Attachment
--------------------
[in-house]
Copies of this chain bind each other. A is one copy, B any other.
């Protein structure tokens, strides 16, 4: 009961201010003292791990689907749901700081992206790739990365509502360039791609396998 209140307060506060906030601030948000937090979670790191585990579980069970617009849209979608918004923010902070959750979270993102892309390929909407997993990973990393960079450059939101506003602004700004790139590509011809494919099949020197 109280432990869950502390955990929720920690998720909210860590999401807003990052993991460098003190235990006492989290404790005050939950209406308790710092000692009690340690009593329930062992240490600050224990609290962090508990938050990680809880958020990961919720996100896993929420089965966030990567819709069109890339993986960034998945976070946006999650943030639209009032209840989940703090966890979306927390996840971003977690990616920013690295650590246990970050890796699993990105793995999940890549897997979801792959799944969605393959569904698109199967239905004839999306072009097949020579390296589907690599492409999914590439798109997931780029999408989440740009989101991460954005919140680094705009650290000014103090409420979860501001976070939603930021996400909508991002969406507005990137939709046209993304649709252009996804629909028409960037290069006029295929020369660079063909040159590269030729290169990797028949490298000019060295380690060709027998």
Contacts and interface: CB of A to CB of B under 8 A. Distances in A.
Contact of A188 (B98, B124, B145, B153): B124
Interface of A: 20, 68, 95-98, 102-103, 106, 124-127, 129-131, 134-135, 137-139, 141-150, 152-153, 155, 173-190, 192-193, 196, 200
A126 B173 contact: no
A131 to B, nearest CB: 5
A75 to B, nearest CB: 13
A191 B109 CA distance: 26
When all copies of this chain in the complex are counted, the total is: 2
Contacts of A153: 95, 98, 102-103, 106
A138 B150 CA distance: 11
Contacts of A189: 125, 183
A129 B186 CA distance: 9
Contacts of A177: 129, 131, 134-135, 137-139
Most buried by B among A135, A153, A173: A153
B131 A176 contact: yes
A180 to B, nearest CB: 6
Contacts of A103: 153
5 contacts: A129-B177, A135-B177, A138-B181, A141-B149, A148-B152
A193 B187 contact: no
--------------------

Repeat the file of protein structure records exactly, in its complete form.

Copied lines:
[in-house]
Copies of this chain bind each other. A is one copy, B any other.
């Protein structure tokens, strides 16, 4: 009961201010003292791990689907749901700081992206790739990365509502360039791609396998 209140307060506060906030601030948000937090979670790191585990579980069970617009849209979608918004923010902070959750979270993102892309390929909407997993990973990393960079450059939101506003602004700004790139590509011809494919099949020197 109280432990869950502390955990929720920690998720909210860590999401807003990052993991460098003190235990006492989290404790005050939950209406308790710092000692009690340690009593329930062992240490600050224990609290962090508990938050990680809880958020990961919720996100896993929420089965966030990567819709069109890339993986960034998945976070946006999650943030639209009032209840989940703090966890979306927390996840971003977690990616920013690295650590246990970050890796699993990105793995999940890549897997979801792959799944969605393959569904698109199967239905004839999306072009097949020579390296589907690599492409999914590439798109997931780029999408989440740009989101991460954005919140680094705009650290000014103090409420979860501001976070939603930021996400909508991002969406507005990137939709046209993304649709252009996804629909028409960037290069006029295929020369660079063909040159590269030729290169990797028949490298000019060295380690060709027998």
Contacts and interface: CB of A to CB of B under 8 A. Distances in A.
Contact of A188 (B98, B124, B145, B153): B124
Interface of A: 20, 68, 95-98, 102-103, 106, 124-127, 129-131, 134-135, 137-139, 141-150, 152-153, 155, 173-190, 192-193, 196, 200
A126 B173 contact: no
A131 to B, nearest CB: 5
A75 to B, nearest CB: 13
A191 B109 CA distance: 26
When all copies of this chain in the complex are counted, the total is: 2
Contacts of A153: 95, 98, 102-103, 106
A138 B150 CA distance: 11
Contacts of A189: 125, 183
A129 B186 CA distance: 9
Contacts of A177: 129, 131, 134-135, 137-139
Most buried by B among A135, A153, A173: A153
B131 A176 contact: yes
A180 to B, nearest CB: 6
Contacts of A103: 153
5 contacts: A129-B177, A135-B177, A138-B181, A141-B149, A148-B152
A193 B187 contact: no